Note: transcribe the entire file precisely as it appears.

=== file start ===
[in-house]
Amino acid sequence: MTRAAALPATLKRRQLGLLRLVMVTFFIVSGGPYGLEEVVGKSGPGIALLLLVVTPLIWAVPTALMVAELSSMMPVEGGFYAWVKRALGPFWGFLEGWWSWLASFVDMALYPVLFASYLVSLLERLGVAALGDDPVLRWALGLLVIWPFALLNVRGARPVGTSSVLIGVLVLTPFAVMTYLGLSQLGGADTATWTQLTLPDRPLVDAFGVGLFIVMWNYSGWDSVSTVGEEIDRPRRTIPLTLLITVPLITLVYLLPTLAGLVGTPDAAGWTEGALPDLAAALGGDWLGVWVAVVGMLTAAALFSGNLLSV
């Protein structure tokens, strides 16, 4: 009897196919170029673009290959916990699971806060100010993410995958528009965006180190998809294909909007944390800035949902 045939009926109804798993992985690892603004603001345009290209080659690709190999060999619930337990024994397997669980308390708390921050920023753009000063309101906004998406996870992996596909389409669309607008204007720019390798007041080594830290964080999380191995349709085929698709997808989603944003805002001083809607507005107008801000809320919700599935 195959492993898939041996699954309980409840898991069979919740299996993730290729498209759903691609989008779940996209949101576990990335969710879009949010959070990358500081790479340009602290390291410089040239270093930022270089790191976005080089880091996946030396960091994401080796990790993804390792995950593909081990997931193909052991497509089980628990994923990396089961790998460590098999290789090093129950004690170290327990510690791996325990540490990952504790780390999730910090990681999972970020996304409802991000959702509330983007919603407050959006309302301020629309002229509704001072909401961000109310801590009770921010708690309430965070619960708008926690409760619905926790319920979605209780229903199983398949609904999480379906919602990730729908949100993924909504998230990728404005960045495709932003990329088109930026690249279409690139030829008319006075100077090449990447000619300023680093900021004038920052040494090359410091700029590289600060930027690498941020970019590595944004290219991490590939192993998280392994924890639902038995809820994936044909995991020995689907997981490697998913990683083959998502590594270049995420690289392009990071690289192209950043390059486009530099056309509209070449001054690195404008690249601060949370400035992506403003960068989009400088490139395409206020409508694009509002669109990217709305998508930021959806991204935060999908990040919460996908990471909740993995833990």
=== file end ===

[in-house]
Amino acid sequence: MTRAAALPATLKRRQLGLLRLVMVTFFIVSGGPYGLEEVVGKSGPGIALLLLVVTPLIWAVPTALMVAELSSMMPVEGGFYAWVKRALGPFWGFLEGWWSWLASFVDMALYPVLFASYLVSLLERLGVAALGDDPVLRWALGLLVIWPFALLNVRGARPVGTSSVLIGVLVLTPFAVMTYLGLSQLGGADTATWTQLTLPDRPLVDAFGVGLFIVMWNYSGWDSVSTVGEEIDRPRRTIPLTLLITVPLITLVYLLPTLAGLVGTPDAAGWTEGALPDLAAALGGDWLGVWVAVVGMLTAAALFSGNLLSV
């Protein structure tokens, strides 16, 4: 009897196919170029673009290959916990699971806060100010993410995958528009965006180190998809294909909007944390800035949902 045939009926109804798993992985690892603004603001345009290209080659690709190999060999619930337990024994397997669980308390708390921050920023753009000063309101906004998406996870992996596909389409669309607008204007720019390798007041080594830290964080999380191995349709085929698709997808989603944003805002001083809607507005107008801000809320919700599935 195959492993898939041996699954309980409840898991069979919740299996993730290729498209759903691609989008779940996209949101576990990335969710879009949010959070990358500081790479340009602290390291410089040239270093930022270089790191976005080089880091996946030396960091994401080796990790993804390792995950593909081990997931193909052991497509089980628990994923990396089961790998460590098999290789090093129950004690170290327990510690791996325990540490990952504790780390999730910090990681999972970020996304409802991000959702509330983007919603407050959006309302301020629309002229509704001072909401961000109310801590009770921010708690309430965070619960708008926690409760619905926790319920979605209780229903199983398949609904999480379906919602990730729908949100993924909504998230990728404005960045495709932003990329088109930026690249279409690139030829008319006075100077090449990447000619300023680093900021004038920052040494090359410091700029590289600060930027690498941020970019590595944004290219991490590939192993998280392994924890639902038995809820994936044909995991020995689907997981490697998913990683083959998502590594270049995420690289392009990071690289192209950043390059486009530099056309509209070449001054690195404008690249601060949370400035992506403003960068989009400088490139395409206020409508694009509002669109990217709305998508930021959806991204935060999908990040919460996908990471909740993995833990």